The Monetary Authority of Singapore (MAS) has revised a new rule that requires financial institutions to send alerts to consumers for every e-payment transaction above $0.01.
In its update issued yesterday, the MAS said consumers will be able to set their own notification limits instead. This is after receiving feedback from banks and users that the $0.01 transaction alert is too "onerous" and an overkill, The Straits Times understands.
The updated guidelines will come into effect on June 30 and will apply to banks and firms with widely-accepted stored-value facilities including EZ-Link and Nets. Grab and Singtel may come under the Payment Services Act, which will take effect as early as the end of this year.
First issued last September, the guidelines also contain new measures to better balance risky user behaviour with the potentially large losses that financial institutions are exposed to. From June 30, consumers can claim up to $1,000 from their banks if they are able to prove they are not negligent in any way that could have contributed to unauthorised transactions.
This threshold was set as e-wallets have a stored-value and transaction limit of $1,000 or less, and banks typically require more checks for transactions of more than $1,000.
This new measure will replace an existing blanket rule that allows consumers who may be careless, but not reckless, in contributing to unauthorised transactions to be liable for only up to $100. Careless behaviour includes misplacing a mobile phone or accidentally giving away passwords, and the onus is on banks to prove that users are reckless.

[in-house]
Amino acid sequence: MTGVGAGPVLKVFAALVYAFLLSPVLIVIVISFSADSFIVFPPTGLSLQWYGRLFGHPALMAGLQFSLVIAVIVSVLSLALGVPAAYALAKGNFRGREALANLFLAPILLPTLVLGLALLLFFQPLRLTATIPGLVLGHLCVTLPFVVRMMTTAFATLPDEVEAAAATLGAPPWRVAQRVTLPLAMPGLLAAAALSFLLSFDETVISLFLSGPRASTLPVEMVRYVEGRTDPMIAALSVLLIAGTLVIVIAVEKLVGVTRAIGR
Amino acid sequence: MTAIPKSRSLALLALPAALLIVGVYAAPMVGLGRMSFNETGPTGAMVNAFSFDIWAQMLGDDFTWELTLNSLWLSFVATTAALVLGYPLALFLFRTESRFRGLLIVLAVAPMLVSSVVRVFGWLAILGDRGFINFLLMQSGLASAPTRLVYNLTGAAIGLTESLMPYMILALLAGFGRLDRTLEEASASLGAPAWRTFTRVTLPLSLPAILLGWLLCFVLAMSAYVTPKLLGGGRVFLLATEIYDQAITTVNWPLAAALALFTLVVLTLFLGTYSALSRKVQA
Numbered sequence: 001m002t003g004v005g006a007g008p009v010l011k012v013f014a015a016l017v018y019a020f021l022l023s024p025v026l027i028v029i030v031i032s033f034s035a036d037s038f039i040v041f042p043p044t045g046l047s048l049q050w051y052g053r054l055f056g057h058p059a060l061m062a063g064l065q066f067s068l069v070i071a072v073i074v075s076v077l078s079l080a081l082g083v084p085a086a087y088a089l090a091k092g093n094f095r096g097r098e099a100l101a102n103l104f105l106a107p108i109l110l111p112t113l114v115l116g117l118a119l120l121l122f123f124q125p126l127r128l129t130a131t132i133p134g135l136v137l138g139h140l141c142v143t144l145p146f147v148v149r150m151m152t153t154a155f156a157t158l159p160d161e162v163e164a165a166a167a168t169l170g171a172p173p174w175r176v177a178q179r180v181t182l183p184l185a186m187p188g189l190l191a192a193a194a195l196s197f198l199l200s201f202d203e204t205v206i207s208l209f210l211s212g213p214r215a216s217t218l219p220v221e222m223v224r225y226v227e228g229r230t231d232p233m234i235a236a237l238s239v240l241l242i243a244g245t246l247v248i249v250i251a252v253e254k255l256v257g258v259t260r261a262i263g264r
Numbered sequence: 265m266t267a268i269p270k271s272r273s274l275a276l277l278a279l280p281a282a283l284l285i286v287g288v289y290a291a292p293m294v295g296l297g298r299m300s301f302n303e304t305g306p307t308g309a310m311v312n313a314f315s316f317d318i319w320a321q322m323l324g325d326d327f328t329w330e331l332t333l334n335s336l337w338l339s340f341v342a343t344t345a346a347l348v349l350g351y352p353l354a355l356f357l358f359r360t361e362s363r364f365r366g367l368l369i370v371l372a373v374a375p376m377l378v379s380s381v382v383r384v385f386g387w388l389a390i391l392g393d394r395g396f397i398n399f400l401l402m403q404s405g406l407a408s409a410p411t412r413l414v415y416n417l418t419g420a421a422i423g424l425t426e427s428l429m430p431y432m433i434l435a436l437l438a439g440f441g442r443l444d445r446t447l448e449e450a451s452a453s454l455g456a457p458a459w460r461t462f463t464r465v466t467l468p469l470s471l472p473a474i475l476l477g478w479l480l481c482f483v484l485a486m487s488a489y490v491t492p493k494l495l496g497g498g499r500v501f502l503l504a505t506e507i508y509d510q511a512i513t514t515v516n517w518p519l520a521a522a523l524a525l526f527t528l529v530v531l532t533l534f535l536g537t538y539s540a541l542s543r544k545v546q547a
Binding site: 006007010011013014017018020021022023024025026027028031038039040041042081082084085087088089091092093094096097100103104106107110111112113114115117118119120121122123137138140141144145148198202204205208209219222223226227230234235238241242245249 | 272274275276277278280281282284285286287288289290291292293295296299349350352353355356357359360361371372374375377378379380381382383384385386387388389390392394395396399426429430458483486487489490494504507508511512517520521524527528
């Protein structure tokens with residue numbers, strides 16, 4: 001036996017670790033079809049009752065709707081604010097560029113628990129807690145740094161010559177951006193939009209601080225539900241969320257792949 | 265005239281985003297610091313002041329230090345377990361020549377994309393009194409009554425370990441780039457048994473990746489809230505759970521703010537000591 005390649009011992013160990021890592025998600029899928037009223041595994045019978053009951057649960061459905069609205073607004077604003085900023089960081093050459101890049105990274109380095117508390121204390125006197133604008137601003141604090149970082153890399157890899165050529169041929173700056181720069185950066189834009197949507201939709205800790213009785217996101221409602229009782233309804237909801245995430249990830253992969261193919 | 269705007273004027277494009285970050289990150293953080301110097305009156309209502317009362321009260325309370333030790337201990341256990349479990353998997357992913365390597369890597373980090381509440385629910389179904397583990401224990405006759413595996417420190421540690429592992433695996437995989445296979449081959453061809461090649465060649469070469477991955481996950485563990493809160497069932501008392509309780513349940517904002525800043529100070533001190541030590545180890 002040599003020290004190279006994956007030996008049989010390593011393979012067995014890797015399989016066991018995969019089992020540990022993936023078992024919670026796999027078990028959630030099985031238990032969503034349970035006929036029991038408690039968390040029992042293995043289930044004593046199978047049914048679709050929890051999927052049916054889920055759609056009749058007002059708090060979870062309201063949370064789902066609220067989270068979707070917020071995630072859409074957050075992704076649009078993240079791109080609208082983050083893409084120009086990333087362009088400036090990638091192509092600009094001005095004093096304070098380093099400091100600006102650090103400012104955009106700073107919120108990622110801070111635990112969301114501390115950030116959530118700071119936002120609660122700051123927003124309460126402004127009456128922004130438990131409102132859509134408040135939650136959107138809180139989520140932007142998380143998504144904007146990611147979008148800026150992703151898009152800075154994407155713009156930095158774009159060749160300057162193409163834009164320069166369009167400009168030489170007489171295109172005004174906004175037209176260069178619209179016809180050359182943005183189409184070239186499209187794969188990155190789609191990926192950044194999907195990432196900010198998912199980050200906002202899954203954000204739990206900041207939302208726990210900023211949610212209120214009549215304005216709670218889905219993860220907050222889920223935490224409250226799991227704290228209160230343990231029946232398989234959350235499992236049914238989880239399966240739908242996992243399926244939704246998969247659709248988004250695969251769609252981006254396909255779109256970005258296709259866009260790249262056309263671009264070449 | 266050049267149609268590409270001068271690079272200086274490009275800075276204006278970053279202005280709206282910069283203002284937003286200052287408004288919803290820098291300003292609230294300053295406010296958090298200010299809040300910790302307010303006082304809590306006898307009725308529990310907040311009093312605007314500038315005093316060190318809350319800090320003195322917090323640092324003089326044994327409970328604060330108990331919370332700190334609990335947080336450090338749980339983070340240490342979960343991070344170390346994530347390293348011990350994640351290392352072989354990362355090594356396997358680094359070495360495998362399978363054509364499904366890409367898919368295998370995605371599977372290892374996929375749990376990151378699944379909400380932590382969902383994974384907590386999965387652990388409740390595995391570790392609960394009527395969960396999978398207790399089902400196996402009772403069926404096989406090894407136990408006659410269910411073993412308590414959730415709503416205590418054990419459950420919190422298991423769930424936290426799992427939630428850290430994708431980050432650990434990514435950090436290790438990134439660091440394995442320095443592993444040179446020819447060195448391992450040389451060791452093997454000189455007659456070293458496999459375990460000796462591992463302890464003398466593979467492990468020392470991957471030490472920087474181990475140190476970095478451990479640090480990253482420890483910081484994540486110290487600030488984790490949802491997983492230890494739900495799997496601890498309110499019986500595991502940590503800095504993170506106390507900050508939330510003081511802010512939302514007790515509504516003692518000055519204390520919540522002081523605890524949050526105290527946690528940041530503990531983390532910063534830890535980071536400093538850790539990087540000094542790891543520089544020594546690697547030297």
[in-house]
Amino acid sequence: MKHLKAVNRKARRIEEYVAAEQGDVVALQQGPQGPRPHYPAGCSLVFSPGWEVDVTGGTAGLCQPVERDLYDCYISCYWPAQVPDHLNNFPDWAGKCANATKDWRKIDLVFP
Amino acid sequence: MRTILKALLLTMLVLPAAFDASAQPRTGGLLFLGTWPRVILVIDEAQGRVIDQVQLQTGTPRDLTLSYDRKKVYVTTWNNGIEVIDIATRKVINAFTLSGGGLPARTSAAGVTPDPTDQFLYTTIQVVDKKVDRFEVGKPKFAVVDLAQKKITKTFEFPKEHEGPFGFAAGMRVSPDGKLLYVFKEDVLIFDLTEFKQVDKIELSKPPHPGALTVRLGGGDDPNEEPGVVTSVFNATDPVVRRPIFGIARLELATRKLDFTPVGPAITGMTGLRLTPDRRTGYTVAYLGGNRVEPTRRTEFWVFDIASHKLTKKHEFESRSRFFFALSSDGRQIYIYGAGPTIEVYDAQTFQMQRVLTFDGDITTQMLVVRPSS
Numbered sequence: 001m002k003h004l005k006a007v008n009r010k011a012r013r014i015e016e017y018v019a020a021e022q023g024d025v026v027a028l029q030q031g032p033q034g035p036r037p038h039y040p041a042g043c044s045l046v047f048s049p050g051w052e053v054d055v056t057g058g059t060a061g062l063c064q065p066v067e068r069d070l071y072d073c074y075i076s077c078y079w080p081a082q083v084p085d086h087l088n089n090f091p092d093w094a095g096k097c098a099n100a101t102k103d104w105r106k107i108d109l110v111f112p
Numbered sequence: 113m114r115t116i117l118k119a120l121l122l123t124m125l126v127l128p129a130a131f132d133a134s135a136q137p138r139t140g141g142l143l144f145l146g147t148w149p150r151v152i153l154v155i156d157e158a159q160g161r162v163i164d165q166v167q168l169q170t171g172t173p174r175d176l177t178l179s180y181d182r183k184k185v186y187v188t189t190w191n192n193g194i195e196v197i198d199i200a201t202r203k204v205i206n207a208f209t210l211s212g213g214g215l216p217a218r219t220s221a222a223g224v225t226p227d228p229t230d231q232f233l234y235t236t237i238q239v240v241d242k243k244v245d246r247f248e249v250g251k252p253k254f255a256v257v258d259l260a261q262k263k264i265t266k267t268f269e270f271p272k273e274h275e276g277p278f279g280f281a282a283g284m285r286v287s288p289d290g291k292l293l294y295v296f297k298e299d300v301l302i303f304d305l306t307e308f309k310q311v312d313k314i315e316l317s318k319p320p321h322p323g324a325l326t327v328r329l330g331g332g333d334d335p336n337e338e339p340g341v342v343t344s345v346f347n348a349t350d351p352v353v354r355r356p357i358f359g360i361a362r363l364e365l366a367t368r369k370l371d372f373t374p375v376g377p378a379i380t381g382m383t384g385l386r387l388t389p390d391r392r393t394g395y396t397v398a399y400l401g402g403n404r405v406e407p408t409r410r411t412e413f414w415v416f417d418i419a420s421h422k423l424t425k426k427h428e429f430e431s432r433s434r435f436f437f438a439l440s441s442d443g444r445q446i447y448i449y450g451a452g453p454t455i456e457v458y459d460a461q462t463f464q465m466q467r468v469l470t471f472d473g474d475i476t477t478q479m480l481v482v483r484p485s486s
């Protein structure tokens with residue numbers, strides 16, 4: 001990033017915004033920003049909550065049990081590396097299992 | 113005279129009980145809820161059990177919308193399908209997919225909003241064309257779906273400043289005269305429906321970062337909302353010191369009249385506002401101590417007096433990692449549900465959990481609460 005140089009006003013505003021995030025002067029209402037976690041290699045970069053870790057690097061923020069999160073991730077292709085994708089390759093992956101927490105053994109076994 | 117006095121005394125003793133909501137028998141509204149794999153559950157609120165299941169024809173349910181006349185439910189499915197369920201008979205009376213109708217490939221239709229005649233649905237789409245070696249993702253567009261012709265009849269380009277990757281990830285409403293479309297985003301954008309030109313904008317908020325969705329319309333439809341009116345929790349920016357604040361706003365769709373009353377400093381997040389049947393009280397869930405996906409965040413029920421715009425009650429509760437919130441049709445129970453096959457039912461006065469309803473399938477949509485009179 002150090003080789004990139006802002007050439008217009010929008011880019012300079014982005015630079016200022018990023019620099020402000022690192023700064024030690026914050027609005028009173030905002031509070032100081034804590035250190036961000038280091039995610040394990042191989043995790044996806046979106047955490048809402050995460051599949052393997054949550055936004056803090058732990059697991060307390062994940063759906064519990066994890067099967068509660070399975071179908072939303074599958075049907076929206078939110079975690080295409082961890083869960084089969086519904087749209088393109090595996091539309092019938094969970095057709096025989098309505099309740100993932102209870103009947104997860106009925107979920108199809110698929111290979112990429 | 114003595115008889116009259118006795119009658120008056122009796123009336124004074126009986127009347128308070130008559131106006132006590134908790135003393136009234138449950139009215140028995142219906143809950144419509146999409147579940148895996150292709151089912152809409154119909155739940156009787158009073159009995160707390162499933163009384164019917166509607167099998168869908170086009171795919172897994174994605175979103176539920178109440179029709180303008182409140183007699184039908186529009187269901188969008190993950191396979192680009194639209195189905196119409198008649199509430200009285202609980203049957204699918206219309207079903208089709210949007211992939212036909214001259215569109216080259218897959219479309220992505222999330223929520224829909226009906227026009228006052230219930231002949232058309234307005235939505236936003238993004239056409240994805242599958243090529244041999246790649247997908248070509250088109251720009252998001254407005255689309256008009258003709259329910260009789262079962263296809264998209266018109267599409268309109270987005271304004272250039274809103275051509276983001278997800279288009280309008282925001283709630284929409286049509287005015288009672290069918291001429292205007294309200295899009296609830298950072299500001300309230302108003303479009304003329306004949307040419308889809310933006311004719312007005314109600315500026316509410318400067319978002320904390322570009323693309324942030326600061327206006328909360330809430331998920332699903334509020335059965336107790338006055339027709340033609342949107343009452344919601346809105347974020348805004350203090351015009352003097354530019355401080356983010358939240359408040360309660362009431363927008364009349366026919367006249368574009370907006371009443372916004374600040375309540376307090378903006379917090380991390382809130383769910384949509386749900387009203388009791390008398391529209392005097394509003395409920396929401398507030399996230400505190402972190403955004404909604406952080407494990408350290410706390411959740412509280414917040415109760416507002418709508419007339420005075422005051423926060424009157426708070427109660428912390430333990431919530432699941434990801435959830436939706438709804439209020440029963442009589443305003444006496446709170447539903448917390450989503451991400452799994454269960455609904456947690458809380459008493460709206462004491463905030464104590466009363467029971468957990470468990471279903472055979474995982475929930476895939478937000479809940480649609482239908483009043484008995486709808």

Under the new guidelines, however, users have to prove that they are not negligent. For instance, consumers are expected to monitor transaction notifications to spot suspicious activities early.
Under the new guidelines, however, users have to prove that they are not negligent. For instance, consumers are expected to monitor transaction notifications to spot suspicious activities early. Consumers must also have good cyber security habits such as installing the latest software updates on their mobile phones and computers used in e-payments.
Consumers must also have good cyber security habits such as installing the latest software updates on their mobile phones and computers used in e-payments. This includes not using a "jail-broken phone", in which a phone's firmware is altered without the manufacturer's approval.
Otherwise, consumers may be liable for unauthorised transactions.
As for financial institutions, the new guidelines require them to investigate transaction disputes quickly and provide detailed investigation reports within 21 days for straightforward cases, and 45 days for complex ones.
The new guidelines will not apply to scams or unauthorised payments made directly on credit, debit and charge cards as there are existing guidelines in place for these.
The Payment Services Act, which will take effect by the end of this year, will streamline the regulation of all payment services. MAS will consult the public on extending the e-payment guidelines to service providers under the Act in the upcoming months.
Ms Shirley Kin, 38, a financial consultant, said the current rule where consumer liability is capped at $100 provides greater peace of mind. "Under the new guidelines, the burden is on users to prove they are not negligent," she said.
Businessman Harry Chew, 49, agreed, saying: "If I don't update my iPhone 6's firmware because it slows down my phone, I'm already negligent?"
Correction note: MAS clarified that Grab and Singtel do not come under the e-payment guidelines that will kick in on June 30 even though they offer stored-value facilities.